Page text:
Despite its dwindled significance in South Africa’s economy, gold has remained a useful investment alternative with significant returns recorded in periods, especially in times of increased uncertainty, notes Old Mutual in a report.
In 1980, the metal accounted for 16% the country’s GDP, but by 2017, that number had declined to 2%.
Gold has been part of the global financial system for centuries, having been adopted as a peg for currencies such as the UK pound since 1717. The end of the Bretton Woods system of fixed exchange rates in 1971 saw the move to broadly floating exchange rates.
Gold’s value has been seen as a hedge against inflation and protection against economic turmoil. The investment case cited against gold is that the metal has virtually no fundamental intrinsic value and does not produce cash flows, Old Mutual’s Long Term Perspectives 2018 report said.
“South African investors, in particular, have a long history of investing in gold, no doubt influenced by the historical importance of gold in the South African economy,” it said.
Investors who find the ability to own physical gold appealing have been able to invest in Krugerrand coins since 1967.
The financial services firm said that it added gold to the MacroSolutions Balanced Index at a 2.5% weight, and it has delivered a return of 14% a year since 1967.
A large component of this return however, has been driven by currency weakness as the annual US dollar return has been 7.3% a year.
Old Mutual pointed out that the gold price has gone from R25/oz to R15 982/oz, while in dollars it has gone from US$36/oz to US$1 291/oz.
- Real returns: +4.2% a year since 1967
- Nominal returns: +13.6% a year since 1967
- Highest annual return: +122% (1979)
- Lowest annual return: -19% (1997)
Gold’s role in a diversified portfolio
Old Mutual said that historically, the price of gold has a very low correlation to the various mainstream asset classes. “The tendency for gold to move independently from other markets helps to smooth out the overall volatility of a diversified investment portfolio.”
From 2004, gold became even easier to access, especially for retirement funds, via the popular NewGold Exchange Traded Fund (ETF). Some R15.8 billion of this ETF had been issued by the end of 2017, it said.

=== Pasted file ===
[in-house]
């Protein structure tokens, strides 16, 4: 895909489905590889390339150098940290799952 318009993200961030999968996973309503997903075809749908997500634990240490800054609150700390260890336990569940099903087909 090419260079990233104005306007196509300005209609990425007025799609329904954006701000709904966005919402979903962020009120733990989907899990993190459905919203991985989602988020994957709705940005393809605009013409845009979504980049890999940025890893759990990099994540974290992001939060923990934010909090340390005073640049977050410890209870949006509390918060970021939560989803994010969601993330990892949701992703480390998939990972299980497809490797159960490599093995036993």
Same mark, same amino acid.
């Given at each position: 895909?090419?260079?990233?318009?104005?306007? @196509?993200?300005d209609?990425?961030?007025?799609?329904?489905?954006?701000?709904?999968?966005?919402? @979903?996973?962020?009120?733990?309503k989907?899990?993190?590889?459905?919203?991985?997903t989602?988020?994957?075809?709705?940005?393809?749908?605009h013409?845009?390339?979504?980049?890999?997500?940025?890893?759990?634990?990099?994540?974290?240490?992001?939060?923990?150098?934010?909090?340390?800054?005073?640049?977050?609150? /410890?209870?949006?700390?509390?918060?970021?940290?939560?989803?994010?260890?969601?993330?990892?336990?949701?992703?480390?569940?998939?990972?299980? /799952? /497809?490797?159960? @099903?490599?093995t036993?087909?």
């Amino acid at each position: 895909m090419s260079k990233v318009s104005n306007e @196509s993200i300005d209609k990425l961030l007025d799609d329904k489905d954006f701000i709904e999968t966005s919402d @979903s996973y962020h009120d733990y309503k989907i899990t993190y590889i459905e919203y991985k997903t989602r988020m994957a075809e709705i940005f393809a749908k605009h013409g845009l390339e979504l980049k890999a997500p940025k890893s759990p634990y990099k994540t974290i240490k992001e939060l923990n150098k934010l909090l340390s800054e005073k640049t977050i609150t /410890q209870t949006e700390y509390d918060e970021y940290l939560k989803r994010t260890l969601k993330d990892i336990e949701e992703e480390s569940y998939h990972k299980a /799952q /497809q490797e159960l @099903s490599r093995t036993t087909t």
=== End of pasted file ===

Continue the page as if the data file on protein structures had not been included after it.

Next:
Weaker dollar relieves pressure off gold
Some reversion from elevated levels towards the long-term trend, together with a recovery in the value of the US dollar, had seen an erosion of the dollar gold price over recent years, the report said.
“2017 saw the US dollar topping out and experiencing some weakness through much of the year. Commodity prices generally firmed and the gold price moved higher in line with this trend.
“However, combining this with strength in the rand towards the end of 2017 resulted in gold’s rand return for local investors being fairly muted for the year.”
From a valuation perspective, the price of gold remains fairly elevated in real terms compared with its long-term history, the report said. “It is accordingly difficult to motivate good returns for this asset class over the next few years off this relatively high base.”
“Having said that, a major reason for holding gold in a portfolio is to diversify risk and it is easier to argue that the level of uncertainty on, inter alia, the political front both locally and globally has increased.
“There will almost inevitably be times when holding gold will be beneficial to investment portfolios over the coming years,” Old Mutual said.
“Gold should be an important part of a diversified investment portfolio because its price increases in response to events that cause the value of paper investments, such as stocks and bonds, to decline,” said Old Mutual’s Denzil Burger.
“There’s a finite amount of gold and silver in the world, so their value tends to keep up with inflation.”